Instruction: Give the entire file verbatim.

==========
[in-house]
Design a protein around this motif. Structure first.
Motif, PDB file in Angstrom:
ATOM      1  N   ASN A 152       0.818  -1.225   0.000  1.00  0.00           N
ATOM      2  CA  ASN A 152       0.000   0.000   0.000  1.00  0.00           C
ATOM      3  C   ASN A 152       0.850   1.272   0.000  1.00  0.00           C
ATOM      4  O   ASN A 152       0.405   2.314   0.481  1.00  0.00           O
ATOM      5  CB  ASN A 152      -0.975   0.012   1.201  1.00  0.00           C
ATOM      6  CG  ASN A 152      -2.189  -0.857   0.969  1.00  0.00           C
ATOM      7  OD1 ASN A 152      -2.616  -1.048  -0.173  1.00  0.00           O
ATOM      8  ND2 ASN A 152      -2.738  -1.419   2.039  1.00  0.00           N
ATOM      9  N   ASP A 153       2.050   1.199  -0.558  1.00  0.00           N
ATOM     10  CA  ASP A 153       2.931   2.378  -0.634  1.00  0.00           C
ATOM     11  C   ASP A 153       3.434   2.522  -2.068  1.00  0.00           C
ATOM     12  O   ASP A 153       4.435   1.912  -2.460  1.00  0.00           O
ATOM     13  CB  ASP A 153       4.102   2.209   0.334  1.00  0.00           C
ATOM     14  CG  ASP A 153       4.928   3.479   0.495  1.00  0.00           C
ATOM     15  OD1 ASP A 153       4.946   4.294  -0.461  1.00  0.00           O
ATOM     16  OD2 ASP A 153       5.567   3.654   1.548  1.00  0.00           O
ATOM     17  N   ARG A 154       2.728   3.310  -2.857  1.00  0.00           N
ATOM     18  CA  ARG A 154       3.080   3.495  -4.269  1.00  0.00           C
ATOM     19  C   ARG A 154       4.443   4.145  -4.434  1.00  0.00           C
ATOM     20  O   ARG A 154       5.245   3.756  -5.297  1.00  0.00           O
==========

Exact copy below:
[in-house]
Design a protein around this motif. Structure first.
Motif, PDB file in Angstrom:
ATOM      1  N   ASN A 152       0.818  -1.225   0.000  1.00  0.00           N
ATOM      2  CA  ASN A 152       0.000   0.000   0.000  1.00  0.00           C
ATOM      3  C   ASN A 152       0.850   1.272   0.000  1.00  0.00           C
ATOM      4  O   ASN A 152       0.405   2.314   0.481  1.00  0.00           O
ATOM      5  CB  ASN A 152      -0.975   0.012   1.201  1.00  0.00           C
ATOM      6  CG  ASN A 152      -2.189  -0.857   0.969  1.00  0.00           C
ATOM      7  OD1 ASN A 152      -2.616  -1.048  -0.173  1.00  0.00           O
ATOM      8  ND2 ASN A 152      -2.738  -1.419   2.039  1.00  0.00           N
ATOM      9  N   ASP A 153       2.050   1.199  -0.558  1.00  0.00           N
ATOM     10  CA  ASP A 153       2.931   2.378  -0.634  1.00  0.00           C
ATOM     11  C   ASP A 153       3.434   2.522  -2.068  1.00  0.00           C
ATOM     12  O   ASP A 153       4.435   1.912  -2.460  1.00  0.00           O
ATOM     13  CB  ASP A 153       4.102   2.209   0.334  1.00  0.00           C
ATOM     14  CG  ASP A 153       4.928   3.479   0.495  1.00  0.00           C
ATOM     15  OD1 ASP A 153       4.946   4.294  -0.461  1.00  0.00           O
ATOM     16  OD2 ASP A 153       5.567   3.654   1.548  1.00  0.00           O
ATOM     17  N   ARG A 154       2.728   3.310  -2.857  1.00  0.00           N
ATOM     18  CA  ARG A 154       3.080   3.495  -4.269  1.00  0.00           C
ATOM     19  C   ARG A 154       4.443   4.145  -4.434  1.00  0.00           C
ATOM     20  O   ARG A 154       5.245   3.756  -5.297  1.00  0.00           O